As Netflix documentary My Octopus Teacher showed, these marvellous creatures are too intelligent to be factory farmed — Philip Lymbery

Philip Lymbery
3 min readMay 28, 2024

The mind of an octopus can be compared to a three-year-old child’s. Are we really going to trap them in barren tanks of water while they await slaughter for food?

Octopus tend to live solitary lives but can sometimes form unexpected bonds with humans as shown in Netflix’s My Octopus Teacher (Picture: Frederic J. Brown/AFP via Getty Images)

Camera-shutter eyes blinked as tentacles waved like an elephant’s trunk. A pink, bulbous head formed the epicentre of a complexity of flesh waiting to make the next move. Yet, there was nowhere to go. It was a travesty of nature. An octopus trying to figure out why on earth they were trapped in a barren tank. A snapshot of something that should never be. An animal of the wide oceans now confined for farming’s new frontier.

Octopus are fascinating creatures suffused with nervousness and famed for their intelligence. The brain of an octopus has 500 million neurons, making them as smart as a dog or three-year-old child. But unlike us, an octopus’s neurons are arranged throughout their entire body. Curious problem-solvers, they have a long memory. They can remember how to open a screw-top jar months later. In captivity, they’ve been known to squirt keepers they don’t like and steal fish from adjacent tanks.

If that wasn’t enough to put anyone off farming them, then perhaps their appetite for other fish should make us think again. It means that captive rearing is far from a free lunch. It relies on catching wild fish to feed them. Which means taking three times more weight of fish from the ocean as feed than given back by the ‘end product’. So rather than protecting the oceans, farming octopus would put them under yet more pressure.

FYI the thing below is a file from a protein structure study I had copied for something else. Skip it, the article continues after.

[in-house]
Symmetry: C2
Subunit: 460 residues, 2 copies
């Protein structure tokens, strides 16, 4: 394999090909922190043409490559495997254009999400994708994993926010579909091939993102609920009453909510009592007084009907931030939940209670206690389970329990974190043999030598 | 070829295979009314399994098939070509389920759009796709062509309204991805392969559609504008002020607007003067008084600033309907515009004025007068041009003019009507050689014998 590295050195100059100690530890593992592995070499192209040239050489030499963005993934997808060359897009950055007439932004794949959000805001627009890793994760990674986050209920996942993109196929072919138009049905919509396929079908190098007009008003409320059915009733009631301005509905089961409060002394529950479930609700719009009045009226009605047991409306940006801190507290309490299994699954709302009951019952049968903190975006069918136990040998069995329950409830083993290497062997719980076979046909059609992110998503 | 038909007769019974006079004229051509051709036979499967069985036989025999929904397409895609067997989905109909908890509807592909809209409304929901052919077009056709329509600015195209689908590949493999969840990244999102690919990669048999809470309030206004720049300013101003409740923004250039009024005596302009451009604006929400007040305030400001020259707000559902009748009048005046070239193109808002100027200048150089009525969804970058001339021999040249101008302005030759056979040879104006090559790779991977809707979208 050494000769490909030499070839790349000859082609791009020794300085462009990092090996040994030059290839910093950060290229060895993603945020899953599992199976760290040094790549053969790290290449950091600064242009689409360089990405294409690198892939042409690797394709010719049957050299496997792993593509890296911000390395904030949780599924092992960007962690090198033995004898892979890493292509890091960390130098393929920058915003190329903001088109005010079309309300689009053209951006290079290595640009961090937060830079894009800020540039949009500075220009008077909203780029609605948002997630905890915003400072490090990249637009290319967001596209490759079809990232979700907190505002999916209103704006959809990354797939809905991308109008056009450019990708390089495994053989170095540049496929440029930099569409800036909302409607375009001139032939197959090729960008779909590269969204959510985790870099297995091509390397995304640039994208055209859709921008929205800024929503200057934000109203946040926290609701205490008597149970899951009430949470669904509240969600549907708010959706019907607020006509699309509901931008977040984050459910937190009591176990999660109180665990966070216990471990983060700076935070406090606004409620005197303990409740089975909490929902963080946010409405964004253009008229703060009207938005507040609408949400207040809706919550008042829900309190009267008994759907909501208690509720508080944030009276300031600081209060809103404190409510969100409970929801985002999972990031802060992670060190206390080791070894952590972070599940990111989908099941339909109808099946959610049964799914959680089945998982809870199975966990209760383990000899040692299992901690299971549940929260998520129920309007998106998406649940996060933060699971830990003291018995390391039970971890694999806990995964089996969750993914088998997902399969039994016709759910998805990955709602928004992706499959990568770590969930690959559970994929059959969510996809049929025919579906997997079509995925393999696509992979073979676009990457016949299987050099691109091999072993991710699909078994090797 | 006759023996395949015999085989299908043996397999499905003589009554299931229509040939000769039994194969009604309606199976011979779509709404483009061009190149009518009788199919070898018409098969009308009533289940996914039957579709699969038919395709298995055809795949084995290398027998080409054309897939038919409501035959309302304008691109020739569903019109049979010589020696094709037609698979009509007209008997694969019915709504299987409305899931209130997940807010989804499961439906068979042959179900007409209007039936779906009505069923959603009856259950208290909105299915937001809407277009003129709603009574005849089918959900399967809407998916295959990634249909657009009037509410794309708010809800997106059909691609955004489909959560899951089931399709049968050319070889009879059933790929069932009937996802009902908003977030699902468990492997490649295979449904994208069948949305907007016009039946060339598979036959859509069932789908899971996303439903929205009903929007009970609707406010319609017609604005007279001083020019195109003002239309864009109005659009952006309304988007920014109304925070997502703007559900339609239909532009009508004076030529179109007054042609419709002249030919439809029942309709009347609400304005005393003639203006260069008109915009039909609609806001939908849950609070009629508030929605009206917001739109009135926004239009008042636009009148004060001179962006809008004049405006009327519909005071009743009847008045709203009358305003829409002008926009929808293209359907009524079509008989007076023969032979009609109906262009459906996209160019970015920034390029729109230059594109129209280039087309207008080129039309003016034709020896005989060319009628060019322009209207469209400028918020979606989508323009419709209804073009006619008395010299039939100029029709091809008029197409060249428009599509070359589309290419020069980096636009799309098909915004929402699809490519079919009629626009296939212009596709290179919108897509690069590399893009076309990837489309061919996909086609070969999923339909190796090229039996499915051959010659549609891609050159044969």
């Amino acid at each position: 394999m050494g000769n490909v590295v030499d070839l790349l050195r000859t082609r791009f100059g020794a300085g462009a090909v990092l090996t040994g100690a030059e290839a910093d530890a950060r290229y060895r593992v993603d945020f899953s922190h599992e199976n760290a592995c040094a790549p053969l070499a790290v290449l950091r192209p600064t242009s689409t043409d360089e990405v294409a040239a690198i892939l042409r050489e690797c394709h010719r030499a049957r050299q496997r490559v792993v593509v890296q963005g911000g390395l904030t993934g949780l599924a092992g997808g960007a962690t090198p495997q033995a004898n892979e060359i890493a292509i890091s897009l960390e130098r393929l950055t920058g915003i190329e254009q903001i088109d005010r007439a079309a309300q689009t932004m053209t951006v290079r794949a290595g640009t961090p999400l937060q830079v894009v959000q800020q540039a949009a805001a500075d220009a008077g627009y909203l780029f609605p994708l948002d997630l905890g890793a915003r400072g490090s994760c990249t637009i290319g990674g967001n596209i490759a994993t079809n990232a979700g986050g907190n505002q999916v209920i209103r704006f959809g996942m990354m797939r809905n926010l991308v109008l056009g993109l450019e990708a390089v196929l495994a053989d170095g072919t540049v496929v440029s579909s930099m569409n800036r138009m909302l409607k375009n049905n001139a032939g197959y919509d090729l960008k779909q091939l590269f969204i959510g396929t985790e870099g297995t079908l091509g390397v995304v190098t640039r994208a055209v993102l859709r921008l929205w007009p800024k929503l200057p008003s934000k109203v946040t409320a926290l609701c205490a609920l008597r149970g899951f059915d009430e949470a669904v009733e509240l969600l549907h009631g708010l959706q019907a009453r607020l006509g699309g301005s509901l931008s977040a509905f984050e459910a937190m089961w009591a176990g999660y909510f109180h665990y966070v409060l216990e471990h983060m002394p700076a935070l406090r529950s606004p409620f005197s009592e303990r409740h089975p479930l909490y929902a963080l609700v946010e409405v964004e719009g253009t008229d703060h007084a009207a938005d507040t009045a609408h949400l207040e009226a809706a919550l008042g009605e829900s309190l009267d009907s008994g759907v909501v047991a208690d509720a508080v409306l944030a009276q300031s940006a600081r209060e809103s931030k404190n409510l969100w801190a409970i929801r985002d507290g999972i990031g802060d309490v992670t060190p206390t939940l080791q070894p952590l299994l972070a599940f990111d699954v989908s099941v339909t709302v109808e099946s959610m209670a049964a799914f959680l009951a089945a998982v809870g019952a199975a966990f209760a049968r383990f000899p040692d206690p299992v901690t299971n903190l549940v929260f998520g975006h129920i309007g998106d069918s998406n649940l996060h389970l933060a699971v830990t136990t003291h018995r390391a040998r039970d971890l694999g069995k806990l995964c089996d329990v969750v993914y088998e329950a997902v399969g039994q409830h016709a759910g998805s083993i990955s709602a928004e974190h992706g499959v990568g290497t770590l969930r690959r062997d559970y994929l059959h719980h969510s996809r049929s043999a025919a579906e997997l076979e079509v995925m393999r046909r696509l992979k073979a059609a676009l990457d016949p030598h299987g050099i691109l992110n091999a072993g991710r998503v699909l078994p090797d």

Stress and cannibalism

Yet, farming octopus is something now being seriously considered by some. Until recently, no one knew how to rear octopus in captivity past the larval stage. However, in 2019, Spanish seafood company, the Nueva Pescanova Group announced that they’d managed to rear them all the way to adulthood and even on to laying eggs in captivity.

The company is now pursuing plans to build the first octopus farm in the Canary Islands, where it would reportedly produce about a million octopuses for food each year. Yet serious animal welfare and environmental concerns are leading to growing calls for a rethink.

Confining hundreds of octopuses together in tanks could lead to stress and cannibalism among these highly territorial creatures who normally lead solitary lives. There are fears that octopus farming could threaten dolphins and turtles whilst causing water pollution and carbon dioxide emissions. The plans in Spain come against the backdrop of an octopus farm having closed in Hawaii following a campaign by animal welfare environmental charity, Compassion in World Farming.

Award-winning Netflix documentary My Octopus Teacher brought the sensitivities of these intelligent creatures to our living rooms. It showed South Africa-based filmmaker, Craig Foster exploring an underwater kelp forest where he befriended a curious young octopus. Foster described how the greatest lesson his octopus mentor taught him was that humans are part of the natural world around us, and not simply visitors.

And therein lies a lesson: that we should avoid repeating the mistakes of the past by bringing yet more species into degrading farm practices. That compassion, respect, and kinship should be at the forefront of how we treat the fellow creatures with whom we share this lonely planet.

Philip Lymbery is chief executive of Compassion in World Farming, a former UN Food Systems Champion and an award-winning author. His latest book is Sixty Harvests Left: How to Reach a Nature-Friendly Future. Philip is on Twitter/X @philip_ciwf

Note: This article first appeared in The Scotsman on Friday 17th May, 2024